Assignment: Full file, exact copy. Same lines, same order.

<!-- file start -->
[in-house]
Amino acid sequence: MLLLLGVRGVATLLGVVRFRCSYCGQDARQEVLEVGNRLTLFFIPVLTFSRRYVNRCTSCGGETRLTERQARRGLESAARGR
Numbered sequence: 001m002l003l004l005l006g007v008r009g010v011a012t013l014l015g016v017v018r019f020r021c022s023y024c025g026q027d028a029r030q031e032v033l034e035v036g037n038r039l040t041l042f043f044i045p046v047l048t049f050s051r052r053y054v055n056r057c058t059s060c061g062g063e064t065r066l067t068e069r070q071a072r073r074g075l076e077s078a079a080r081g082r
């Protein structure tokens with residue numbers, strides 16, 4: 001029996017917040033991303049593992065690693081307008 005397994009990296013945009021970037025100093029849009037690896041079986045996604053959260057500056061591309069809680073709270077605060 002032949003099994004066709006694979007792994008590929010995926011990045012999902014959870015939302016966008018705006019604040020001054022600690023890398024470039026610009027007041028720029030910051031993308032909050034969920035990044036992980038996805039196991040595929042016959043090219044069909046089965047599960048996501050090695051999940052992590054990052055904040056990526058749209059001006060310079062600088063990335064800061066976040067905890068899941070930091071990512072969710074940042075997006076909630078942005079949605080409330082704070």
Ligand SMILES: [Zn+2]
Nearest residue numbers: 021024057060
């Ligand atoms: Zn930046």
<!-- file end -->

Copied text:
[in-house]
Amino acid sequence: MLLLLGVRGVATLLGVVRFRCSYCGQDARQEVLEVGNRLTLFFIPVLTFSRRYVNRCTSCGGETRLTERQARRGLESAARGR
Numbered sequence: 001m002l003l004l005l006g007v008r009g010v011a012t013l014l015g016v017v018r019f020r021c022s023y024c025g026q027d028a029r030q031e032v033l034e035v036g037n038r039l040t041l042f043f044i045p046v047l048t049f050s051r052r053y054v055n056r057c058t059s060c061g062g063e064t065r066l067t068e069r070q071a072r073r074g075l076e077s078a079a080r081g082r
């Protein structure tokens with residue numbers, strides 16, 4: 001029996017917040033991303049593992065690693081307008 005397994009990296013945009021970037025100093029849009037690896041079986045996604053959260057500056061591309069809680073709270077605060 002032949003099994004066709006694979007792994008590929010995926011990045012999902014959870015939302016966008018705006019604040020001054022600690023890398024470039026610009027007041028720029030910051031993308032909050034969920035990044036992980038996805039196991040595929042016959043090219044069909046089965047599960048996501050090695051999940052992590054990052055904040056990526058749209059001006060310079062600088063990335064800061066976040067905890068899941070930091071990512072969710074940042075997006076909630078942005079949605080409330082704070």
Ligand SMILES: [Zn+2]
Nearest residue numbers: 021024057060
């Ligand atoms: Zn930046």